Cisco Buys Into Named Data Networking

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Named Data Networking (NDN) is the future of network routing and security.  IPv6 is not the future of networking as I have blogged before.  This was validated last week by Cisco with their acquisition of PARC.  NDN has other names such as Content Centric Networking (CCN) and Cisco is branding its version Information Centric Networking (ICN).

Quoting from Cisco’s blog announcement on their plans:

Cisco’s acquisition of PARC CCN has the objective to foster convergence of various dialects of ICN (CCN and NDN) into a single harmonized version of ICN, promoting wider and faster adoption of ICN-based solutions required to solve future networking needs.”

Cisco also plans to make the software open-source within the FD.IO community in the Linux foundation.

5G & IoT require a transformative way to provide network routing and security.  While IP addresses (both version 4 & 6) will be around for a long time, the trick is to have the first routing point on the network convert them to a name based on tenants and services. Then have routing and security policies (access controls) written in words that are easily understood by humans and applications.  This is part of the mission of 128 Technology to fix the Internet.

Gartner places NDN at the very begging of their Hype Cycle and predicts that it is 10 years away from mainstream adoption.  While I agree that NDN is just emerging, the time to mainstream adoption will be quicker due to the demands in the market and the move to software defined networking.  I predict 3-5 years, which is very quick for a very transformative technology.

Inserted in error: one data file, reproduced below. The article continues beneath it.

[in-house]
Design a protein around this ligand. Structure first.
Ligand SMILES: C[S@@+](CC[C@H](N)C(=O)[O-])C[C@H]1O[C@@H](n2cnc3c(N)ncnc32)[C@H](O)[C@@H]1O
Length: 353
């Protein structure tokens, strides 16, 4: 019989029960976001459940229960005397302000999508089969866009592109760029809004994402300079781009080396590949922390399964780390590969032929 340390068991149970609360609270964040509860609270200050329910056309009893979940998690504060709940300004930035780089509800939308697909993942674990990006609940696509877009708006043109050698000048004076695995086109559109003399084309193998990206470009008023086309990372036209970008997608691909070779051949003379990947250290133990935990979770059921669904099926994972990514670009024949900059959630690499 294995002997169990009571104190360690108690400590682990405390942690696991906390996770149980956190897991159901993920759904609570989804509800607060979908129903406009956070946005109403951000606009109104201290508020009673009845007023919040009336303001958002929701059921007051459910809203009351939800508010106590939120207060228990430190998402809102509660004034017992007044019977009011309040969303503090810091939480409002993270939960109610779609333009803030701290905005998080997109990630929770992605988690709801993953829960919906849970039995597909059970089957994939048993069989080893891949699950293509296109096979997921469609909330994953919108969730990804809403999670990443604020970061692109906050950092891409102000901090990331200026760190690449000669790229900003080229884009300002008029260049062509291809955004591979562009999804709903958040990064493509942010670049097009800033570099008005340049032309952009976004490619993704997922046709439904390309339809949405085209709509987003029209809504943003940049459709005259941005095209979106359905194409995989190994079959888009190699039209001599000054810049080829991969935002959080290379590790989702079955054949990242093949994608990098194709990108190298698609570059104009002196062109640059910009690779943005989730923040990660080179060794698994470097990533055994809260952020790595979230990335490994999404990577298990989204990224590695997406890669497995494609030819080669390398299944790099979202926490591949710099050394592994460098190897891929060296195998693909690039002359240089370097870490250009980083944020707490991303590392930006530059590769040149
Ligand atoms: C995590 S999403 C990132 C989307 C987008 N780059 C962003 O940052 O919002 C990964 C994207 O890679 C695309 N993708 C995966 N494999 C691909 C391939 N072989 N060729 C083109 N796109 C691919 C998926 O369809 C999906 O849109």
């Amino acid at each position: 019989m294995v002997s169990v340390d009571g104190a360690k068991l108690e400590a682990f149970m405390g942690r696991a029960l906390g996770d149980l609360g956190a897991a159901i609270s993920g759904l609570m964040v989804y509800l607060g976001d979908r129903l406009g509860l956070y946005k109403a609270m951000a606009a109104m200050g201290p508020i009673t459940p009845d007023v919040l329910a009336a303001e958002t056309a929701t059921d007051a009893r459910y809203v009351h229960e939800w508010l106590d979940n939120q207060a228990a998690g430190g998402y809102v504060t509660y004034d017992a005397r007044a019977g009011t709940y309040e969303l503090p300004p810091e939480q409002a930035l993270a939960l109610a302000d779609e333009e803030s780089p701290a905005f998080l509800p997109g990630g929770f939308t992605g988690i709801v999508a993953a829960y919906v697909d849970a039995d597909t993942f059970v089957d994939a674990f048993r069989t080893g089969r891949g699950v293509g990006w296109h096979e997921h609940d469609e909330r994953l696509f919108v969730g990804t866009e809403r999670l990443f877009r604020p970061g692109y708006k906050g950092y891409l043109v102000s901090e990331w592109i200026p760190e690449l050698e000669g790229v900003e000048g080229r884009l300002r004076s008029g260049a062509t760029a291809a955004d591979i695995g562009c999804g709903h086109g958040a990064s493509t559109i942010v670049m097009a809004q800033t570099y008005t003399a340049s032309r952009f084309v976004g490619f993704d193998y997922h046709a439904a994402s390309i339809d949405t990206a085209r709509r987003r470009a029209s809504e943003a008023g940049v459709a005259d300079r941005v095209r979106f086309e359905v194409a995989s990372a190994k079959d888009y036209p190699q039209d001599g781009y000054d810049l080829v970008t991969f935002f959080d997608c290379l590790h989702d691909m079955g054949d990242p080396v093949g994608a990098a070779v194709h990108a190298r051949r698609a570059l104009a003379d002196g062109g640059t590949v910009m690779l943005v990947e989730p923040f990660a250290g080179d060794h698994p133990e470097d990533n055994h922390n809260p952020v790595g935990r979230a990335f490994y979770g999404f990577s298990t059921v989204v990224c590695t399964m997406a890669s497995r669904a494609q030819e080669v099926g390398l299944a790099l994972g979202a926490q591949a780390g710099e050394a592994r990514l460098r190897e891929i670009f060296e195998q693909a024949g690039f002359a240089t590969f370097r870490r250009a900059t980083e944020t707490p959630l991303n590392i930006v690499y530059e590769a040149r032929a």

While I agree with the NDN mission that networks need to be content centric, there are forces at play that will require NDN to change its architecture.  These forces include:

  • Application Encryption – More and more applications run in the public cloud and are encrypted between the server and the client/user. The encryption keys are not shared, so what the network can do is limited.  Thus things like caching of content will have to be done at the application layer, not the network layer.
  • Real-time – Interactive video and live streaming consume a greater portion of networks and this traffic cannot be cached.
  • Services – Names by themselves are not enough, routing and security policies need to differentiate both on end point names (tenants) and the type of applications being used (services).

Another prediction is that Cisco’s legacy networking software, IOS, is dying.  Cisco, like most large and successful companies, is challenged with the Innovators Dilemma.  ICN’s open source strategy sounds good to the technology community, but Cisco stock holders should worry.  IOS is becoming an anchor to Cisco and not enabling them to keep up with the innovation going on in networking.  Cisco’s I-WAN product is a good example.

 

Sorell Slaymaker